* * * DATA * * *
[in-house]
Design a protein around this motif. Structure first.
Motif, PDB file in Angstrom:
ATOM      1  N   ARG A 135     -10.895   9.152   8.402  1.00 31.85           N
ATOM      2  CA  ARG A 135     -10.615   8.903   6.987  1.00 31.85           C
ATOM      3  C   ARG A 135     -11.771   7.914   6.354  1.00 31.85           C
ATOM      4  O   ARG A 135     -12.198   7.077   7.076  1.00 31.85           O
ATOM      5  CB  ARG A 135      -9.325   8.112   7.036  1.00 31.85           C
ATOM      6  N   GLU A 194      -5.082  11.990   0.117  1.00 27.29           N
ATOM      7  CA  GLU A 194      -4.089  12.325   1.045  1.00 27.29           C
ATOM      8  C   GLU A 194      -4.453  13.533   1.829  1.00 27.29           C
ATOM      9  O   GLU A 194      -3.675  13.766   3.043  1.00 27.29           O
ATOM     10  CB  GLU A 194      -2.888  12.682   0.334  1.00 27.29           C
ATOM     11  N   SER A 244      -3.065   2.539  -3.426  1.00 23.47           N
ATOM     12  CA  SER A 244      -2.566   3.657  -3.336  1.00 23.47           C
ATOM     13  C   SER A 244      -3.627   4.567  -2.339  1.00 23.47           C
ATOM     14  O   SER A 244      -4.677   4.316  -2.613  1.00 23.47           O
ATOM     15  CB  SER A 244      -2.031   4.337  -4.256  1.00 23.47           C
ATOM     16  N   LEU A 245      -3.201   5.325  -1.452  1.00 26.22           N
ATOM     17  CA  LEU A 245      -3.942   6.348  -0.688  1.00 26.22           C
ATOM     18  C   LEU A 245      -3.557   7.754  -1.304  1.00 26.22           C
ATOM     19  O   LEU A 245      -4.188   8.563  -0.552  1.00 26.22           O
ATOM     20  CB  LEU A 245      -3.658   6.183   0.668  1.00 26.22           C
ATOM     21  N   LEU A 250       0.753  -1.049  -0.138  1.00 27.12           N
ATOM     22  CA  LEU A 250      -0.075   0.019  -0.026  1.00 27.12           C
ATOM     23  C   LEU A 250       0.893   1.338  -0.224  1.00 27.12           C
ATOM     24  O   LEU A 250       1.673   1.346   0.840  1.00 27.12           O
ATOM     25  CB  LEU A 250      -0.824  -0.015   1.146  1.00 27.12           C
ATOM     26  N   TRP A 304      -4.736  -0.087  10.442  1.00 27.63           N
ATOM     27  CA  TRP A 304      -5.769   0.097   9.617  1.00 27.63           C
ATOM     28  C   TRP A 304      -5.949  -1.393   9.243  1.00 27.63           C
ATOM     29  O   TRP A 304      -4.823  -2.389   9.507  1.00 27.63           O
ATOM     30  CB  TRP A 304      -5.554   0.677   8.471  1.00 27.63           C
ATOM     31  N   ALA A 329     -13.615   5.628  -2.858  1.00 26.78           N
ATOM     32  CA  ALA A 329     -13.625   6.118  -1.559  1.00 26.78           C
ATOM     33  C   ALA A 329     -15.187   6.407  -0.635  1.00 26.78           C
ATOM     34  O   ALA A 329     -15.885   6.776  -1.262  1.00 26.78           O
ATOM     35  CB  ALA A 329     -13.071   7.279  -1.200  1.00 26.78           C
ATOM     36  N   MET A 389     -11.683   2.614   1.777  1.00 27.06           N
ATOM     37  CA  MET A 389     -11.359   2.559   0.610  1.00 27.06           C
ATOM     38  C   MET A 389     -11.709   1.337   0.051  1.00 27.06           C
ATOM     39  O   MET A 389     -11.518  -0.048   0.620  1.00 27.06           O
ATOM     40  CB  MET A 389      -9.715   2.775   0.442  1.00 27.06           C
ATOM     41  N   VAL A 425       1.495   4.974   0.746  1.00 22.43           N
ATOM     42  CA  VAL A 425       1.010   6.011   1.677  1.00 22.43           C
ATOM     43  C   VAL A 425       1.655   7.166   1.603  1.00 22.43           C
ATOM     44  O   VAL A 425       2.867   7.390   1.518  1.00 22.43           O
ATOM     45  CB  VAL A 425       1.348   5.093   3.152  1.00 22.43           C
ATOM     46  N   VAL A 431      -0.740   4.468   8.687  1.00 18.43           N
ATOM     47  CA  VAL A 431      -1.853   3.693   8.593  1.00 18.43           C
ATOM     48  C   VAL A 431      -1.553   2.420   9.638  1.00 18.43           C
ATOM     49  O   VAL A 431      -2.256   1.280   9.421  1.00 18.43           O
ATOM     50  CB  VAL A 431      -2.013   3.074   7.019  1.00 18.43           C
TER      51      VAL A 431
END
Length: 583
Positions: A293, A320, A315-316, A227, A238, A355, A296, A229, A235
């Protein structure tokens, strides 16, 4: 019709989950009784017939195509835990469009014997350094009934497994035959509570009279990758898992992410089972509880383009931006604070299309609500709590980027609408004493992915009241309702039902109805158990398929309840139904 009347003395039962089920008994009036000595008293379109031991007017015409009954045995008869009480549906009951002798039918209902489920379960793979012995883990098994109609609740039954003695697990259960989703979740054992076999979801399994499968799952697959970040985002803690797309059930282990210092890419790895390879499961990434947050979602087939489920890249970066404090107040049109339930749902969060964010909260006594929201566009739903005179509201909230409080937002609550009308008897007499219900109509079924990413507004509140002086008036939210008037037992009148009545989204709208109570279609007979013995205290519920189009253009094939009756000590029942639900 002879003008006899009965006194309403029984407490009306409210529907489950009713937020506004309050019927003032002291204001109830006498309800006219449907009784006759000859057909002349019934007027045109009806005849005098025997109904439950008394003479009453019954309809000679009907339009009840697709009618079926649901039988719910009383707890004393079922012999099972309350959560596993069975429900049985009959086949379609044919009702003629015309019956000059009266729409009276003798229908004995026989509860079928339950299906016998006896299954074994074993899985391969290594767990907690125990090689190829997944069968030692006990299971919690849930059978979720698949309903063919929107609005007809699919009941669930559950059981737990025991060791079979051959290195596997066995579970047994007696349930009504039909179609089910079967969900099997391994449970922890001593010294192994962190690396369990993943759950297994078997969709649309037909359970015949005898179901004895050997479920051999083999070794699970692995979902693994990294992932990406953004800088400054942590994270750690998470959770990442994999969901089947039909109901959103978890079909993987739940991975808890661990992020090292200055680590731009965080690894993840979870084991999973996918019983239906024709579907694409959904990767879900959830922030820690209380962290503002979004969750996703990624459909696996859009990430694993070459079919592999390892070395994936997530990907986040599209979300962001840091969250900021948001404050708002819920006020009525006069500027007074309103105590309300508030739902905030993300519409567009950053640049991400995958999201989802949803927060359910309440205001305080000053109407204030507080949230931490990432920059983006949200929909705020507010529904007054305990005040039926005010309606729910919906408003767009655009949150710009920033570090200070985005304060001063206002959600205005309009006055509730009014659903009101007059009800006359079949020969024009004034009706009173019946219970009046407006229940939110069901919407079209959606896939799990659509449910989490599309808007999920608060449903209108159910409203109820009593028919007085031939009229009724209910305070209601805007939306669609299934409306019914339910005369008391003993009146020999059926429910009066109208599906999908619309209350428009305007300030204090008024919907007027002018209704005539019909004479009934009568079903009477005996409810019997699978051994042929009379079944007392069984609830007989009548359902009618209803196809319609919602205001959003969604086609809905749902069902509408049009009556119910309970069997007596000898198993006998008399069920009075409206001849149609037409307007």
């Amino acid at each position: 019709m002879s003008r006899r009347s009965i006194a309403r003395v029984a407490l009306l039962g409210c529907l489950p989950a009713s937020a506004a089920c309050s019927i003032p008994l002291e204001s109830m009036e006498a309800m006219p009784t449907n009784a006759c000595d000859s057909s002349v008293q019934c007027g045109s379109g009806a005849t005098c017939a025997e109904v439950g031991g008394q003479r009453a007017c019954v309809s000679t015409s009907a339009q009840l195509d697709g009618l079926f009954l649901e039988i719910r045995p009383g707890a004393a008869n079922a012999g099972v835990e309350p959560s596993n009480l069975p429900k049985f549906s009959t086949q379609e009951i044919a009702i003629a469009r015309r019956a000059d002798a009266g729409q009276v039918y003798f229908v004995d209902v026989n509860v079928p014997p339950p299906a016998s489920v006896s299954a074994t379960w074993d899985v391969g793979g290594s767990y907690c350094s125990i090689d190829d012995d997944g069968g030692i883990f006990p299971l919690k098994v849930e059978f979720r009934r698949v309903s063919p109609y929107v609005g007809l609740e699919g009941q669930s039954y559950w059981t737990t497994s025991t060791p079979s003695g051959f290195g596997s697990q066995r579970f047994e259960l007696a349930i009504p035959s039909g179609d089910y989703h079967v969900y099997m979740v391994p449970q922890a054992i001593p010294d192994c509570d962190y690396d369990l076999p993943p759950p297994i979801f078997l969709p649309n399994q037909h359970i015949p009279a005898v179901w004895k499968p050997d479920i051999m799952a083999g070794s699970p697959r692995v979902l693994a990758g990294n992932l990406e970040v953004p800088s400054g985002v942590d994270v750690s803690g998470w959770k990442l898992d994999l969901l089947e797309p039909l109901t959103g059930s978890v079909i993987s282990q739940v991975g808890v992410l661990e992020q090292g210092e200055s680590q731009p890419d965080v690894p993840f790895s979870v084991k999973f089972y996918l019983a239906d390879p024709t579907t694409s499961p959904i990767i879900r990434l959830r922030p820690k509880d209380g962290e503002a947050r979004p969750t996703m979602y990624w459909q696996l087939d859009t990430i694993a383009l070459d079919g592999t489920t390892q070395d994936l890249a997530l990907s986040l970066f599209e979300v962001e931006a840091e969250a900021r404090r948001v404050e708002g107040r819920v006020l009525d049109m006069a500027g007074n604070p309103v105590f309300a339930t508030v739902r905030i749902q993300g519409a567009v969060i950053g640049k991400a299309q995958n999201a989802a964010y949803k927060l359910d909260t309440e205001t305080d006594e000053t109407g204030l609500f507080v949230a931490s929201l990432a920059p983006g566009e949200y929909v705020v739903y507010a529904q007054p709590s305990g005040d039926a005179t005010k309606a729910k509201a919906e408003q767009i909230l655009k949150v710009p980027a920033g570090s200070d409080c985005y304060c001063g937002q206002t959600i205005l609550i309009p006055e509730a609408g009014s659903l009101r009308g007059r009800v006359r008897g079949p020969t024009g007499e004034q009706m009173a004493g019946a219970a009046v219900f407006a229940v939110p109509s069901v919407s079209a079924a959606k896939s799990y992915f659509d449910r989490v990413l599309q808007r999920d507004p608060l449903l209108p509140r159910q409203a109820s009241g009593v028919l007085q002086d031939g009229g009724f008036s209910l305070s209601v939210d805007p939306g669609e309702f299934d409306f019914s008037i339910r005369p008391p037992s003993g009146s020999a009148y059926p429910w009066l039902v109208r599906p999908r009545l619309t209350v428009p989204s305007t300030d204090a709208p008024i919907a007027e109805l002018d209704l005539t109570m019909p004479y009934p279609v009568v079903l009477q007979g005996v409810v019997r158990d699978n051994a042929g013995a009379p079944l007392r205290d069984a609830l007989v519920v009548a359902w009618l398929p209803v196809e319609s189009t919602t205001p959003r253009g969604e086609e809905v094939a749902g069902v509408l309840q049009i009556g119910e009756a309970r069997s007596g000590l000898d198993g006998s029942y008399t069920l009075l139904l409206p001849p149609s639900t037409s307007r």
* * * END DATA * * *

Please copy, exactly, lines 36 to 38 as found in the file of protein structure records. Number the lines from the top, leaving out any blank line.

ATOM     33  C   ALA A 329     -15.187   6.407  -0.635  1.00 26.78           C
ATOM     34  O   ALA A 329     -15.885   6.776  -1.262  1.00 26.78           O
ATOM     35  CB  ALA A 329     -13.071   7.279  -1.200  1.00 26.78           C